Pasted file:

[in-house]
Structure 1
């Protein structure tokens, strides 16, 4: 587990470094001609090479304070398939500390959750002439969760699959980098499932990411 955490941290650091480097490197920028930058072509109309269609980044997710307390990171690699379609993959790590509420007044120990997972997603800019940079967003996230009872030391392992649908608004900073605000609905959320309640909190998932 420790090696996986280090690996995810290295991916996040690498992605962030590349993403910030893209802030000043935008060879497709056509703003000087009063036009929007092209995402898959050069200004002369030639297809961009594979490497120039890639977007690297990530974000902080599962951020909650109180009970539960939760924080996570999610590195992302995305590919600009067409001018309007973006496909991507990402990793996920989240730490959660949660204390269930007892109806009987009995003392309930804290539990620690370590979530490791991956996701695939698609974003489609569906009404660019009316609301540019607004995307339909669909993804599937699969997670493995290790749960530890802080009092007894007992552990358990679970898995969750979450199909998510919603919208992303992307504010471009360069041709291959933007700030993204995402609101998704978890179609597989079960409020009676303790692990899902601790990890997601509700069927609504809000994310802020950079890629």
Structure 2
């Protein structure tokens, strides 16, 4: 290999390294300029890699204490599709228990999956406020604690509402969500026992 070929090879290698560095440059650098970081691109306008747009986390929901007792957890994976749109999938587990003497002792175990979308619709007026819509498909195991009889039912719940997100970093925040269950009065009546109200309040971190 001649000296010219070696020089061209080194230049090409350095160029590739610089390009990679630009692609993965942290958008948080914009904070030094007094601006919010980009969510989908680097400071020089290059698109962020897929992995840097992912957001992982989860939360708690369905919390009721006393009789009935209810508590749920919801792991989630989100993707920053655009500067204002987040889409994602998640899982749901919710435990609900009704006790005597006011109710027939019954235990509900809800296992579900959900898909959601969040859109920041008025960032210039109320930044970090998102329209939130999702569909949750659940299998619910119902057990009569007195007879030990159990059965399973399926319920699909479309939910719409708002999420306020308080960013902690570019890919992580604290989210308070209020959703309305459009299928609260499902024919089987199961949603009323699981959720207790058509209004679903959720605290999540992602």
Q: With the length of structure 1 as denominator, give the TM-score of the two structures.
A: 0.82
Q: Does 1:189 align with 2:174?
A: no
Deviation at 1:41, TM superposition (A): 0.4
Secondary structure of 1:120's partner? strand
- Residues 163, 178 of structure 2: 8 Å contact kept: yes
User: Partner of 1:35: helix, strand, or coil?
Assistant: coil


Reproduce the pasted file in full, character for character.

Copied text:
[in-house]
Structure 1
């Protein structure tokens, strides 16, 4: 587990470094001609090479304070398939500390959750002439969760699959980098499932990411 955490941290650091480097490197920028930058072509109309269609980044997710307390990171690699379609993959790590509420007044120990997972997603800019940079967003996230009872030391392992649908608004900073605000609905959320309640909190998932 420790090696996986280090690996995810290295991916996040690498992605962030590349993403910030893209802030000043935008060879497709056509703003000087009063036009929007092209995402898959050069200004002369030639297809961009594979490497120039890639977007690297990530974000902080599962951020909650109180009970539960939760924080996570999610590195992302995305590919600009067409001018309007973006496909991507990402990793996920989240730490959660949660204390269930007892109806009987009995003392309930804290539990620690370590979530490791991956996701695939698609974003489609569906009404660019009316609301540019607004995307339909669909993804599937699969997670493995290790749960530890802080009092007894007992552990358990679970898995969750979450199909998510919603919208992303992307504010471009360069041709291959933007700030993204995402609101998704978890179609597989079960409020009676303790692990899902601790990890997601509700069927609504809000994310802020950079890629």
Structure 2
């Protein structure tokens, strides 16, 4: 290999390294300029890699204490599709228990999956406020604690509402969500026992 070929090879290698560095440059650098970081691109306008747009986390929901007792957890994976749109999938587990003497002792175990979308619709007026819509498909195991009889039912719940997100970093925040269950009065009546109200309040971190 001649000296010219070696020089061209080194230049090409350095160029590739610089390009990679630009692609993965942290958008948080914009904070030094007094601006919010980009969510989908680097400071020089290059698109962020897929992995840097992912957001992982989860939360708690369905919390009721006393009789009935209810508590749920919801792991989630989100993707920053655009500067204002987040889409994602998640899982749901919710435990609900009704006790005597006011109710027939019954235990509900809800296992579900959900898909959601969040859109920041008025960032210039109320930044970090998102329209939130999702569909949750659940299998619910119902057990009569007195007879030990159990059965399973399926319920699909479309939910719409708002999420306020308080960013902690570019890919992580604290989210308070209020959703309305459009299928609260499902024919089987199961949603009323699981959720207790058509209004679903959720605290999540992602």
Q: With the length of structure 1 as denominator, give the TM-score of the two structures.
A: 0.82
Q: Does 1:189 align with 2:174?
A: no
Deviation at 1:41, TM superposition (A): 0.4
Secondary structure of 1:120's partner? strand
- Residues 163, 178 of structure 2: 8 Å contact kept: yes
User: Partner of 1:35: helix, strand, or coil?
Assistant: coil